How do I? ...Pickle

Causes and Possible Solutions for Problems with Pickled Foods

Problem Cause Prevention
Soft or slippery pickles (If spoilage is evident, do not eat.) 1. Vinegar too weak. 1. Use vinegar of at least 5% acidity.
  2. Insufficient amount of brine. 2. Keep cucumbers immersed in the brine.
  3. Pickles not processed properly (to destroy microorganisms). 3. Process pickles in canner after filling jars.
  4. Moldy garlic or spices. 4. Always use fresh spices.
  5. Blossom ends not removed from cucumbers. 5. Slice at least 1/16th inch off blossom end of cucumbers and discard.
Strong, bitter taste 1. Spices cooked too long in vinegar, or too many spices used. 1. Follow directions for amount of spices to use and the boiling time.
  2. Vinegar too strong. 2. Use vinegar of the proper strength (5% acidity).
  3. Dry weather. 3. No prevention. Bitter taste is usually in the peel or skin of fruits and vegetables.
  4. Using salt substitutes. 4. Potassium chloride, the ingredient in most of these, causes bitterness.
Problem Cause Prevention
Shriveled Pickles 1. Placing cucumbers in too strong brine, too heavy syrup, or too strong vinegar. 1. Follow a reliable recipe. Use amounts of salt and sugar called for in a recipe, and vinegar that is 5% acidity.
  2. Overcooking or overprocessing. 2. Follow a reliable recipe exactly.
  3. Dry weather. 3. No prevention. Bitter taste is usually in the peel or skin of fruits and vegetables.
Dark or discolored pickles (If brass, copper or zinc utensils and brining equipment were used, do not use pickles.) 1. Minerals in hard water. 1. Use soft water.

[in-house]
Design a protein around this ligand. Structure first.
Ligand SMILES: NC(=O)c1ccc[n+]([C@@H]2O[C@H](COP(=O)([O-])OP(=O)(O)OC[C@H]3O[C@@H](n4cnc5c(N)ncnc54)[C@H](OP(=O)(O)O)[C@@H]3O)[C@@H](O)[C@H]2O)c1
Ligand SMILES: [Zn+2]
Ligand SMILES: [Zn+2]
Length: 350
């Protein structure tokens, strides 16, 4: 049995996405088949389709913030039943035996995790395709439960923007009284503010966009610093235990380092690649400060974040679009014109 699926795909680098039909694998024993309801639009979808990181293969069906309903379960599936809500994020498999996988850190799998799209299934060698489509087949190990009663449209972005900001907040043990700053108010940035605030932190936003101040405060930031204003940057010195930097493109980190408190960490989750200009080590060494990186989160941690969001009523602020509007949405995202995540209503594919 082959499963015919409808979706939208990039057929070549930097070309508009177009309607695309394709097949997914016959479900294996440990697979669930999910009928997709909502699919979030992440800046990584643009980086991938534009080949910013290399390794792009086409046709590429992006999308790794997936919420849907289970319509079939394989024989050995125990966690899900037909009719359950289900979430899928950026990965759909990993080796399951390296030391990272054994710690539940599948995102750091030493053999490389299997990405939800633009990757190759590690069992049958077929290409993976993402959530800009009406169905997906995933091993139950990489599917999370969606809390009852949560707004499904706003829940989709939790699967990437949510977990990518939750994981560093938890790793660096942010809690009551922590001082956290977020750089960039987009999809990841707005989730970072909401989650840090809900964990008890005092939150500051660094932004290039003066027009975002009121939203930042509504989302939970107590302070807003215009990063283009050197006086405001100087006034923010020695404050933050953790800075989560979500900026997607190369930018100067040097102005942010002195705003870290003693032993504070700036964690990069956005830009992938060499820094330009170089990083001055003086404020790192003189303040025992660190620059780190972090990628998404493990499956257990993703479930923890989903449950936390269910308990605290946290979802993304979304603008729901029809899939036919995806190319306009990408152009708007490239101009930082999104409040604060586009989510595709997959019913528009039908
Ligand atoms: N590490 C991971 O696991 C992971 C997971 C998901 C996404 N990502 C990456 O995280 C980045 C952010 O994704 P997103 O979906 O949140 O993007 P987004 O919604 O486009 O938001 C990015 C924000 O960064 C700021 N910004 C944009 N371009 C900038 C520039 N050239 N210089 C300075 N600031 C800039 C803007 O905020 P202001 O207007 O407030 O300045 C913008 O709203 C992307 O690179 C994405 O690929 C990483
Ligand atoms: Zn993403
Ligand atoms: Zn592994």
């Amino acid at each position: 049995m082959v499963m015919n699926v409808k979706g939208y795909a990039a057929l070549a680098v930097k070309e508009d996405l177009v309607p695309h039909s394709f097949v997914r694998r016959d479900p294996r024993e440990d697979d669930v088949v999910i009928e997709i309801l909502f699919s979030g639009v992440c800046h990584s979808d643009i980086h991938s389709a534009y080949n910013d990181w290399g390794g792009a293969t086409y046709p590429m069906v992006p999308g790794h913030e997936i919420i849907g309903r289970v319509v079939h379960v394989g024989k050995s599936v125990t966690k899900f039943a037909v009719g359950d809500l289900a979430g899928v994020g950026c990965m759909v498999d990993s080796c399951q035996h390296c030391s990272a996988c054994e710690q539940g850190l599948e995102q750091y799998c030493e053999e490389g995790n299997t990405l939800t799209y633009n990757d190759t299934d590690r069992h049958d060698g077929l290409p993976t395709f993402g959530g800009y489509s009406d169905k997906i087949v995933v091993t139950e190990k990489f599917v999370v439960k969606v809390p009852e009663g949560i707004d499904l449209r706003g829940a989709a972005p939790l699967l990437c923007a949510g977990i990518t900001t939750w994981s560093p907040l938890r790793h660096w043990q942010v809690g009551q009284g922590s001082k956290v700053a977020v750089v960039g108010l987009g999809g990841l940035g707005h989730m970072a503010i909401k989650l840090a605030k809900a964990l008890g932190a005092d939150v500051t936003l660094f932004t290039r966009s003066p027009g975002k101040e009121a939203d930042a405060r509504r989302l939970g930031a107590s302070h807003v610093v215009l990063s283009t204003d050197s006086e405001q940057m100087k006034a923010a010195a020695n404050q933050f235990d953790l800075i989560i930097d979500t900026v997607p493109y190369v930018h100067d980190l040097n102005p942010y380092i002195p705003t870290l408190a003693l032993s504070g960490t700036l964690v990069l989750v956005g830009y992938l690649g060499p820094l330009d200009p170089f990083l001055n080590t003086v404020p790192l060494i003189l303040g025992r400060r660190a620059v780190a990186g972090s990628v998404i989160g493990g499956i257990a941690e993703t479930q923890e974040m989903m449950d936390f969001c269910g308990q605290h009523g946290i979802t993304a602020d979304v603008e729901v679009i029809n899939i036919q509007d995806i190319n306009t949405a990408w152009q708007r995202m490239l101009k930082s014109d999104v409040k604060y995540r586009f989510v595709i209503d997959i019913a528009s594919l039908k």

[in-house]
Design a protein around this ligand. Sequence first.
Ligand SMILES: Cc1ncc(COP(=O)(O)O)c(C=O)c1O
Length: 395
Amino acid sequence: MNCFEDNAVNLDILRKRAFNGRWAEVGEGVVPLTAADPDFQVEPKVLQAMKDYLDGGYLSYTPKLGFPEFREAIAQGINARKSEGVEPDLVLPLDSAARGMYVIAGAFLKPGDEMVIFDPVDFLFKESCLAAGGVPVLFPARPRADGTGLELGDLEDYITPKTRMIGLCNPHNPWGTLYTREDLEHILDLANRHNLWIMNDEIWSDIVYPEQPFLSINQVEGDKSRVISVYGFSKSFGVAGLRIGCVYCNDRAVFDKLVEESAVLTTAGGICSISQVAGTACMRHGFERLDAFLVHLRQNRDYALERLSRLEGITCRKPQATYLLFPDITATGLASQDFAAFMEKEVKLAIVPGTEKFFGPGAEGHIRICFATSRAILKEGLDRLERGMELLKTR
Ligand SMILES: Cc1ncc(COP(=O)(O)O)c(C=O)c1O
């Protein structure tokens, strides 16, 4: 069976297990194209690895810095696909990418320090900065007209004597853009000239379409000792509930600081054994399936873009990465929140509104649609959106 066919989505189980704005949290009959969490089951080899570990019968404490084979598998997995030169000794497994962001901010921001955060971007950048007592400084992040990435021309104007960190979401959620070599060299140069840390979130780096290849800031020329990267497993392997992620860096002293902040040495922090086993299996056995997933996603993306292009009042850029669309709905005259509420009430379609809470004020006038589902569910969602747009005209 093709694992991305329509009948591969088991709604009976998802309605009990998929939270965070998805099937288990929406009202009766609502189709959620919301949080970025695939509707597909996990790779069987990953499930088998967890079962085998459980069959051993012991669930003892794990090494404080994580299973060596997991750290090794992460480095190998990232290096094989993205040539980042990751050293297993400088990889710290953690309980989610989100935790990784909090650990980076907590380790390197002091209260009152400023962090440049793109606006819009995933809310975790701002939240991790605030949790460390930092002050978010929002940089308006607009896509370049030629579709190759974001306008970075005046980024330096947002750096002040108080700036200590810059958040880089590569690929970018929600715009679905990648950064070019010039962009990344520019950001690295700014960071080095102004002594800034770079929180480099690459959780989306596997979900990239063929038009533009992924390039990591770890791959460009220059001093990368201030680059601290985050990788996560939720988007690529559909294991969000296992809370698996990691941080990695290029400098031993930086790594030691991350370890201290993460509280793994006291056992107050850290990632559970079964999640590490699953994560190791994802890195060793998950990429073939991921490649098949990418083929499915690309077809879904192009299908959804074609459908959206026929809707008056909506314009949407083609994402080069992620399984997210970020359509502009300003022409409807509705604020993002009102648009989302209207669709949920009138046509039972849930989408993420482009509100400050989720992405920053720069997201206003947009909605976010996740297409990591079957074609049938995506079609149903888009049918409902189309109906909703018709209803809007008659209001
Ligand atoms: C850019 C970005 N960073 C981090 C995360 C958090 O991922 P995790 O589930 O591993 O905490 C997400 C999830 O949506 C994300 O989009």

2. Ground spices used. 2. Use whole spices.
  3. Spices left in jars of pickles. 3. Place spices loosely in cheesecloth bag so they can be removed before canning.
  4. Brass, iron, copper or zinc utensils used. 4. Use food-grade unchipped enamelware, glass, stainless steel, or stoneware utensils.
  5. Iodized salt used. 5. Use canning or pickling salt.
Spotted, dull, or faded color 1. Excessive exposure to light. 1. Store processed jars in a dark, dry cool place.
  2. Cucumber of poor quality. 2. Use produce of optimum quality, and grown under proper conditions (weather, soil, etc.)
White sediment in jar. 1. Salt contains an anti-caking agent or other additives. 1. Use canning or pickling salt.

For problems with jar seals, and other general canned food problems, see Causes and Possible Solutions for Problems with Canned Foods.

This document was adapted from "So Easy to Preserve", 5th ed. 2006. Bulletin 989, Cooperative Extension Service, The University of Georgia, Athens. Revised by Elizabeth L. Andress. Ph.D. and Judy A. Harrison, Ph.D., Extension Foods Specialists.

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